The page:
My Journey to Success

Published: December 17, 2020

For generations, my family worked as farmers in Myanmar, a country in Southeast Asia, in the rice paddy fields. There was a conflict between Karen people and the Burmese government which led to the Civil War. The Karen had to fight the Burmese in their own country, and many villages were destroyed. Many were killed, people’s homes were taken away, and many people were hurt. Since the Burmese had been at war with Karen, they both hated each other. This made it very difficult for my family to live in their own country. My family immigrated to a Thailand refugee camp because they didn’t feel safe in Myanmar. 

While growing up, my family lived a hard life in the Thailand refugee camp. My parents were not legally allowed to work or leave the camp except for specified reasons. There was a lack of many resources and opportunities including the most important thing, an education. Living life in a Thailand refugee camp was difficult, but my parents made the best of the situation. My parents decided to come to America, which is known as a third country for us. They wanted to have an opportunity to pursue happiness for a lifetime. The most important thing is an​ education. My parents believe that education is the first door of success for my siblings and me. ​    

When I was in Thailand, other people were scurrying around like roaches. When I arrived in America, it seemed as if everything slowed down to a snail's pace, and suddenly the streets outside were quiet and so was the inside of my house. My whole world changed, and everything was new. I came to Idaho when I was about nine years old. Coming to a new country with a new language was very difficult and terrifying. I remember my first day of school and not knowing any English. I wanted to use a restroom but couldn’t ask my teacher because I didn’t know how to speak English. I had faced many challenges such as not knowing how to read or write. I felt uncomfortable whenever I spoke with my teacher because she didn’t understand what I was saying. I had to repeat myself every time I tried to speak to her. As the years go on, I continue to overcome the challenges.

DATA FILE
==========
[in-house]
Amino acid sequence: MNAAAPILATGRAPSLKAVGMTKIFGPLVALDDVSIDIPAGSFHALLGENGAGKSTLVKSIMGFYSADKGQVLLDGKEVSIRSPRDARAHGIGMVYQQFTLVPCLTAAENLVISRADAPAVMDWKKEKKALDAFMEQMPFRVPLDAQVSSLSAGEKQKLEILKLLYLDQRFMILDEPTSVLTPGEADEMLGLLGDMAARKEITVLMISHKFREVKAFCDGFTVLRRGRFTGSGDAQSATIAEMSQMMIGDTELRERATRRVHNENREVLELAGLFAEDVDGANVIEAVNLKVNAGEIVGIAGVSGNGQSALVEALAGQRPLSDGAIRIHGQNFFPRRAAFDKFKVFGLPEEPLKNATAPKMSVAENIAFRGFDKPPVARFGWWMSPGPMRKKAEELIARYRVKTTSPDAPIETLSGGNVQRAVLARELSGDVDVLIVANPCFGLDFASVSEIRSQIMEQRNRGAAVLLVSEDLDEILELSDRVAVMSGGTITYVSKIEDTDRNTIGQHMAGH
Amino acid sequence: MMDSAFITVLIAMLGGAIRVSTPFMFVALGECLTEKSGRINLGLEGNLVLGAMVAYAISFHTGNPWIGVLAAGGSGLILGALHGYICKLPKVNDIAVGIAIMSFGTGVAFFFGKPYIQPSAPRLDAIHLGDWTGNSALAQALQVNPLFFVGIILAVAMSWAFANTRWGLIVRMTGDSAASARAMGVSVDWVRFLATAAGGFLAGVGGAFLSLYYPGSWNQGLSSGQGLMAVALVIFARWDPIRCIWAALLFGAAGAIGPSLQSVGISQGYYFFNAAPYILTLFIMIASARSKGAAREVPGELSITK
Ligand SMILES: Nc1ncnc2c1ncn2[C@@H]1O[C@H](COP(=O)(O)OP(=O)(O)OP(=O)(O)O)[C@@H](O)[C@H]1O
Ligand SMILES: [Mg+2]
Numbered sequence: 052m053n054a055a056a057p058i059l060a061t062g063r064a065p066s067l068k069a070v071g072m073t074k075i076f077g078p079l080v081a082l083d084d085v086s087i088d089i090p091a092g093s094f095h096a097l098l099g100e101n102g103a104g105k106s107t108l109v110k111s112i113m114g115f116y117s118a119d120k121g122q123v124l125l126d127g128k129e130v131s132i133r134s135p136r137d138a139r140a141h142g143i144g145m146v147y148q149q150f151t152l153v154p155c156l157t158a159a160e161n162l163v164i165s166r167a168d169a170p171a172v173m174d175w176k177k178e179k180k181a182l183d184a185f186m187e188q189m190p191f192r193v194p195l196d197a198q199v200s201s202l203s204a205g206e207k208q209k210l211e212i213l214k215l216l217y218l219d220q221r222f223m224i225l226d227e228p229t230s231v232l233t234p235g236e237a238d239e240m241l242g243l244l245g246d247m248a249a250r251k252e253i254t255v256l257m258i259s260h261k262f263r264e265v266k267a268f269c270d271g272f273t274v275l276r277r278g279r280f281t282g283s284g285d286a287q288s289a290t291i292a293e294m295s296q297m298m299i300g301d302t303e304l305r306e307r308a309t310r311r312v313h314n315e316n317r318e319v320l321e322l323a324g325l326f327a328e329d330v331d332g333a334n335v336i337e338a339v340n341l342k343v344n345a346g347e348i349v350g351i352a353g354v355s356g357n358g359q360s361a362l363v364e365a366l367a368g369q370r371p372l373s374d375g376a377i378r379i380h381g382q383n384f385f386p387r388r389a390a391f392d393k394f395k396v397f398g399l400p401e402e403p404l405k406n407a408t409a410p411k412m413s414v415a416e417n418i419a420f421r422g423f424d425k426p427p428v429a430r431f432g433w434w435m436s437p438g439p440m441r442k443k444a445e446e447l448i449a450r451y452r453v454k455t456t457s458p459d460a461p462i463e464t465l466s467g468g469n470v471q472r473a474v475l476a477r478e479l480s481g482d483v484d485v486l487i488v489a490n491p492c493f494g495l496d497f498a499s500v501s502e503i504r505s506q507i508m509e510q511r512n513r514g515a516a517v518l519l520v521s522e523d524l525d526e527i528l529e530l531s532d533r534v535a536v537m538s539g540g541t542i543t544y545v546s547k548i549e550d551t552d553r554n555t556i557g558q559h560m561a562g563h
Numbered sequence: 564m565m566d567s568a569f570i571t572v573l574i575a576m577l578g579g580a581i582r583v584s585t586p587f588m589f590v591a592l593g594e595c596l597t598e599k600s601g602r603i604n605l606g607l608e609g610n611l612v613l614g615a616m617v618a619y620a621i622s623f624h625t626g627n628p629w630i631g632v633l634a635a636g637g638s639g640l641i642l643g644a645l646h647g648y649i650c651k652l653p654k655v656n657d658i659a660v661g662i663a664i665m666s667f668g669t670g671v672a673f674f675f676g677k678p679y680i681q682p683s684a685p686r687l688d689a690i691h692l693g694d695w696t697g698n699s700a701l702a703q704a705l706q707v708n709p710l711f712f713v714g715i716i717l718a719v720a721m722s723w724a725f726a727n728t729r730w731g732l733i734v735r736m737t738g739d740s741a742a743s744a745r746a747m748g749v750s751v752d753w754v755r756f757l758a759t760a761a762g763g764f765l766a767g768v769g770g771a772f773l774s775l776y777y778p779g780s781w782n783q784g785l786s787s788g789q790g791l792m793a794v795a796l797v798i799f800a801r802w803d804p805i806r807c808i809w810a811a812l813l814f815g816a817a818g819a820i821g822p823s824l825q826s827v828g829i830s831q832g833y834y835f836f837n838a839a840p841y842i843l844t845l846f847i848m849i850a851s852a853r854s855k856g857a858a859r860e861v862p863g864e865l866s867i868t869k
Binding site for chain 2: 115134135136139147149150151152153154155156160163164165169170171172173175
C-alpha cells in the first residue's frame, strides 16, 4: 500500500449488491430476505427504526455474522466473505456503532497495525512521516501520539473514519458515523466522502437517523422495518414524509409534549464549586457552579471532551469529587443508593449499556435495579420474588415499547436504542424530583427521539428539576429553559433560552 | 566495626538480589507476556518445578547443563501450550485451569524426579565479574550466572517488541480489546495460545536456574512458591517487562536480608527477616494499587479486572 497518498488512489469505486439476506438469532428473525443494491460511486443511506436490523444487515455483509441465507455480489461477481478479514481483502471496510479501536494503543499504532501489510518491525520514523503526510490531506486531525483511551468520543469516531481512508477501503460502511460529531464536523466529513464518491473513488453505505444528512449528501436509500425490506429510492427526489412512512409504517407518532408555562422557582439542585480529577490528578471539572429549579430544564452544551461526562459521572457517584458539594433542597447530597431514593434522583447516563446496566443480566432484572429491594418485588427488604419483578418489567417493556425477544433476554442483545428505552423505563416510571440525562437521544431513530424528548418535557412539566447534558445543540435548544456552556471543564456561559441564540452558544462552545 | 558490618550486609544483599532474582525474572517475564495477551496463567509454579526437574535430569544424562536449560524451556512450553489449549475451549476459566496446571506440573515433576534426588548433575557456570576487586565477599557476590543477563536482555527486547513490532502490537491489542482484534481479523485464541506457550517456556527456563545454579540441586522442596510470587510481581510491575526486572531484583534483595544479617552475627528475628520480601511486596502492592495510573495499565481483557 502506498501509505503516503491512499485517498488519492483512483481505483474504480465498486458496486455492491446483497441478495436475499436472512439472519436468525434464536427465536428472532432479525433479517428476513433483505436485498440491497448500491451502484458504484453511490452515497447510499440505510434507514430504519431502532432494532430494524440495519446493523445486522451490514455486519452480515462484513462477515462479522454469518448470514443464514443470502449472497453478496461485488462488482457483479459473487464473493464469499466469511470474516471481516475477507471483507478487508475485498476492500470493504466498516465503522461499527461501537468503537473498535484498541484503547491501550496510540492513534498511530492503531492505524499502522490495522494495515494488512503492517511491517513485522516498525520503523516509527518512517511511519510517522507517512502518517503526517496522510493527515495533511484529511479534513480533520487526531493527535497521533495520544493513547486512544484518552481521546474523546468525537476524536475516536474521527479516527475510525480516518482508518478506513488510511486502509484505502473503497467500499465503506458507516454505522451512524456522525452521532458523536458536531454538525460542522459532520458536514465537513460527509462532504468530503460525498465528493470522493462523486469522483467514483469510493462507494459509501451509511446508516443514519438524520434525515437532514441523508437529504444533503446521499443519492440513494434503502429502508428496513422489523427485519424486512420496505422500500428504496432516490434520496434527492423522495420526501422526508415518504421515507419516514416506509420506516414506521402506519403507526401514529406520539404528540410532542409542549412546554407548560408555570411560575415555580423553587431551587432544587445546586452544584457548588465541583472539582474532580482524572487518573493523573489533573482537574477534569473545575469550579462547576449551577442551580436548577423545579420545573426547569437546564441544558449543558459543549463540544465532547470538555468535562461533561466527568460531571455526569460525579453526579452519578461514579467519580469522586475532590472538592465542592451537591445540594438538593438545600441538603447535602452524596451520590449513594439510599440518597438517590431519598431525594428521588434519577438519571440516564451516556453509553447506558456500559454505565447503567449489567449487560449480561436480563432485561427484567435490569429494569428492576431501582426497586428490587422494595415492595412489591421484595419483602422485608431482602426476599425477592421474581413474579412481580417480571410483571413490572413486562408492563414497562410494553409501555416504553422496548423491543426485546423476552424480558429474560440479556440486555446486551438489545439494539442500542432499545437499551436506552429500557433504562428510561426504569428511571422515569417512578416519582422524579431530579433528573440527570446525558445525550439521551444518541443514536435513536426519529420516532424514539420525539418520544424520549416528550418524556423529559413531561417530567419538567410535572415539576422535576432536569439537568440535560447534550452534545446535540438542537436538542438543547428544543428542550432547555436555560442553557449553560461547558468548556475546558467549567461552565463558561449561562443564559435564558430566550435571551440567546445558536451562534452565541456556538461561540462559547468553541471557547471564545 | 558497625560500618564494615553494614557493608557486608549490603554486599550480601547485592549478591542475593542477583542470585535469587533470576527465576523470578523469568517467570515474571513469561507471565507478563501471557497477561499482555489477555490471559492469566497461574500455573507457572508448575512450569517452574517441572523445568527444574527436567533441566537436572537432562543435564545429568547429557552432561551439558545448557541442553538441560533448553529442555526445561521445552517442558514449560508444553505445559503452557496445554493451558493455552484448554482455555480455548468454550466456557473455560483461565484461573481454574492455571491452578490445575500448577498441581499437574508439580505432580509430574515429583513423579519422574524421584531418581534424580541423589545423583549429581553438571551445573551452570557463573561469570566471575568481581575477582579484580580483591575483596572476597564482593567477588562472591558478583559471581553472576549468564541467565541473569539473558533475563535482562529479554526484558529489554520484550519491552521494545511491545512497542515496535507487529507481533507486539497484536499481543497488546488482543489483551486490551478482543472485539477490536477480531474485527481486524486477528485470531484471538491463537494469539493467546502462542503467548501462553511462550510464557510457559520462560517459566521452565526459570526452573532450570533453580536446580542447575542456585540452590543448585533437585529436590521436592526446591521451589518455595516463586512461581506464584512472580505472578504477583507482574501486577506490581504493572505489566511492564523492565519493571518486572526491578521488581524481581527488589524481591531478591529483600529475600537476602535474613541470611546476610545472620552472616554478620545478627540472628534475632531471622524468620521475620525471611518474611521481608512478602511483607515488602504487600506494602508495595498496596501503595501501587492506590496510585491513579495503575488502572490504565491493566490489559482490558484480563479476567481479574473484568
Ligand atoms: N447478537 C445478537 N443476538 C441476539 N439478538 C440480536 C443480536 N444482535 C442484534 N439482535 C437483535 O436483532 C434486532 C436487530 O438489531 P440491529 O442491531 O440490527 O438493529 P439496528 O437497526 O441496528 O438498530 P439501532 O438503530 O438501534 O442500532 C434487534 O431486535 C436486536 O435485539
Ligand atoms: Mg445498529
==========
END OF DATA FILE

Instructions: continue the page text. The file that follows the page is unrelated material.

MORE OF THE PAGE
Currently, my brothers and sisters work very hard jobs to make money. My older brother works in a meat packing plant, and my sister works in a cafeteria. I have seen them struggle, and this makes me want to get an education and help them out financially. My parents are currently unable to work due to their health problems, so I want to be able to take care of them. My mom has diabetes, and my dad has heart disease. I see them struggle and in pain every day. Their medication is the only thing keeping them alive.

My parents told me I have the greatest opportunity, and I must use it. Hearing these words from my parents makes me want to work harder than I sometimes can, and it motivates me to study more. As the youngest of six children, I have had the greatest opportunity to get an education and learn how to adapt to American culture. This year will be my second year at College of Western Idaho. I’m currently majoring in Sociology. After I get my associate degree, I plan to transfer to Boise State University to pursue a bachelor’s degree in social work.

After the struggles I've been through and seen, I am determined to make the most of all that is offered here in America. I know receiving an education is the key to my success. I have come this far, and I am excited to get a degree I’m passionate about so I can help myself, my family, and others.

CWI student, Kaw Paw


  Written by Kaw Paw
  Paw is a CWI student studying Sociology. Following graduation, she plans to attend Boise State University. 

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